"But why?" Lorna interrupted excitedly, leaning forward in her chair as if that'd get her question answered faster. The elder looked at her with an amused glint in his eyes, a wider smile forming on his face.
"There is no heroic tale of why the faeries banded together, young one. In fact, the fruit sprouting was a mistake on their part. You see, they had intended to lay out seeds that would grow out of the ground nowhere. The seeds weren't supposed to grow until April first; it was going to be an April Fool's joke on the inhabitants. That year, the natives had been asking for help from the faeries so much that all of them grew exasperated and tired. They thought they would give the natives something to wonder about, if I remember correctly.
They gave the natives something to wonder about, that's for certain. On the first day of March, all of a sudden fruit began to sprout everywhere. I was just a child myself at the time, but I can still remember how shocked everyone seemed. At this point, there was no holiday celebrated during the month of March--"
"Why did the faeries have to band together to do that, sir?" Lorna interrupted again, nearly falling off of the bench now. Elder Cinto Pango smiled patiently, understanding the eager child; he had seen many of them during his life. He knew a whole lot about curiosity himself.
"The dark faeries knew how to ward away darkness from the crops. The light faeries knew how to make just enough light shine onto the fruits. The fire faeries knew exactly how warm the plants needed to be. The earth faeries knew the spells to make the soil just right. Then the water faeries were able to make it rain the perfect amount for the seeds to grow."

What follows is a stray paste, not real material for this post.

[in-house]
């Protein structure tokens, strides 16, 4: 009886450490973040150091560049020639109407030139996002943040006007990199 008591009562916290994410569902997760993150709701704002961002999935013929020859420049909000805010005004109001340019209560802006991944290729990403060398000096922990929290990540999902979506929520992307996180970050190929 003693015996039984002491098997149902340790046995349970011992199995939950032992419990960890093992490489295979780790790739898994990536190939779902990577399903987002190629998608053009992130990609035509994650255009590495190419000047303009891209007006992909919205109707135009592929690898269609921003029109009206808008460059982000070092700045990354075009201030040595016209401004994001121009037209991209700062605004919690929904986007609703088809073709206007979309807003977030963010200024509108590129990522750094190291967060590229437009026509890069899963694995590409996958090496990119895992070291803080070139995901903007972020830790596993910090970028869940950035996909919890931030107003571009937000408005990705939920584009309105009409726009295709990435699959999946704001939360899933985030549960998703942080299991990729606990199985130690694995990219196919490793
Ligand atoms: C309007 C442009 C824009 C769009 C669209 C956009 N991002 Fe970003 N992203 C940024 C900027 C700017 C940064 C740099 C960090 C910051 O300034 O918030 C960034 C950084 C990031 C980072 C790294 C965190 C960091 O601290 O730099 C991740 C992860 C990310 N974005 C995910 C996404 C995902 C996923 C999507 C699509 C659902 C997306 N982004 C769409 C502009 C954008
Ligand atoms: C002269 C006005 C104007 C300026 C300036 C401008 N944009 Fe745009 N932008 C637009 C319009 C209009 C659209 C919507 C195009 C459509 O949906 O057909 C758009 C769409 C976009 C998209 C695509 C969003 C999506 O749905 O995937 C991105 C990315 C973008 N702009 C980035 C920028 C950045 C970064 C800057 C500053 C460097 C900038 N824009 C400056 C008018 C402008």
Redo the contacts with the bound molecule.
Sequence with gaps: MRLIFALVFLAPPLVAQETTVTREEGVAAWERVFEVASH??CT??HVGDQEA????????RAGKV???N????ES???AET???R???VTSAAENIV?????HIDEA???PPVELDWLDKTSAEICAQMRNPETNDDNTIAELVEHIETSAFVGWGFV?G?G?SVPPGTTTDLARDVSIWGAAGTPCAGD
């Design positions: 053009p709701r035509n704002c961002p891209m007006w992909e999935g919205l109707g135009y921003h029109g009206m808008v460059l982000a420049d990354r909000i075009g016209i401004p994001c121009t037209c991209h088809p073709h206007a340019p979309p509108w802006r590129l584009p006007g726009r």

"What makes them sprout up all of the sudden, then?"
"That, my child, was in the hands of Jhuidah. At the time she was nothing but a young sprout herself, not watching over the island cooking pot, but out being mischievous. She put a permanent spell on the ground to where the fruit would pop up suddenly. Though, due to her being a child, she didn't do it right and made them begin to sprout a month early - and on top of that, caused them to sprout all month long. You see, all of the spells were permanent, which is why they occur every year."
"Why do the people of Mystery Island celebrate it, when it was only a joke meant to be played on us?" Lorna inquired quietly once he had finished his sentence.
"Because, even if it was a joke, it helped the island out to gain new fruit. In fact, the fruit seems to get more delicious every year that goes by. After all, Gadgadsbogen has been celebrated for many, many years."
"How many years?" she piped up happily, earning another smile from the elder. He stood up slowly, as if he had all of the time in the world to do so; which, who knows, perhaps he did.
"That, my child, is of no importance," he murmured, patting the top of her head before turning to walk back to the road.
"Is this what really happened? Is this how the fruit began to grow?" she asked quickly while running after him. Toby had realized by now that his owner was running in the other direction, and was soon right beneath her feet, following.
"Another thing of no importance!" he said happily while turning to look at her over his shoulder. "All that is important is that the fruit continues to grow, not how it began."
Suddenly Toby began to bark again, except this time at Lorna. She turned to look at her puppyblew, wondering what was wrong with him all of a sudden. She looked back in the direction that the elder had been moments before, to find that he was gone. She turned around in a full circle, but he was nowhere to be found.
That, friends, is the untold legend of where the fruits came from, where Gadgadsbogen originated from. And who knows, perhaps the elder Cinto Pango will tell you the legend himself, some day...